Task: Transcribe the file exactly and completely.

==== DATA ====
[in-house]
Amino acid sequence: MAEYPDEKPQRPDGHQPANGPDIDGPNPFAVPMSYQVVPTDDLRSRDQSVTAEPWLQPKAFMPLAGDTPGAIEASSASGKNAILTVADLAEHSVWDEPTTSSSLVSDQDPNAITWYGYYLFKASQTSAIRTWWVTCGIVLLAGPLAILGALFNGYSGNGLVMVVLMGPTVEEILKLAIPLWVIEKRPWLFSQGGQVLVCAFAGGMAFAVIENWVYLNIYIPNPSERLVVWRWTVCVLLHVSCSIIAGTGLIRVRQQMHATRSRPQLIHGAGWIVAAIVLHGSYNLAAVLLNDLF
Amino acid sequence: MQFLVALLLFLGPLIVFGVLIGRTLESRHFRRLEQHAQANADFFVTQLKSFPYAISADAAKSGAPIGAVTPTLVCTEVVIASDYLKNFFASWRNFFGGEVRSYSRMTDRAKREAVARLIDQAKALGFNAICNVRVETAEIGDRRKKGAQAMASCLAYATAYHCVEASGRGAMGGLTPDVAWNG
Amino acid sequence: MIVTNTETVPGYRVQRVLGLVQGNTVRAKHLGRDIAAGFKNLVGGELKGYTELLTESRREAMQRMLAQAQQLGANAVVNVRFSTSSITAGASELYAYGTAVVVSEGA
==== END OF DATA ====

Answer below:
[in-house]
Amino acid sequence: MAEYPDEKPQRPDGHQPANGPDIDGPNPFAVPMSYQVVPTDDLRSRDQSVTAEPWLQPKAFMPLAGDTPGAIEASSASGKNAILTVADLAEHSVWDEPTTSSSLVSDQDPNAITWYGYYLFKASQTSAIRTWWVTCGIVLLAGPLAILGALFNGYSGNGLVMVVLMGPTVEEILKLAIPLWVIEKRPWLFSQGGQVLVCAFAGGMAFAVIENWVYLNIYIPNPSERLVVWRWTVCVLLHVSCSIIAGTGLIRVRQQMHATRSRPQLIHGAGWIVAAIVLHGSYNLAAVLLNDLF
Amino acid sequence: MQFLVALLLFLGPLIVFGVLIGRTLESRHFRRLEQHAQANADFFVTQLKSFPYAISADAAKSGAPIGAVTPTLVCTEVVIASDYLKNFFASWRNFFGGEVRSYSRMTDRAKREAVARLIDQAKALGFNAICNVRVETAEIGDRRKKGAQAMASCLAYATAYHCVEASGRGAMGGLTPDVAWNG
Amino acid sequence: MIVTNTETVPGYRVQRVLGLVQGNTVRAKHLGRDIAAGFKNLVGGELKGYTELLTESRREAMQRMLAQAQQLGANAVVNVRFSTSSITAGASELYAYGTAVVVSEGA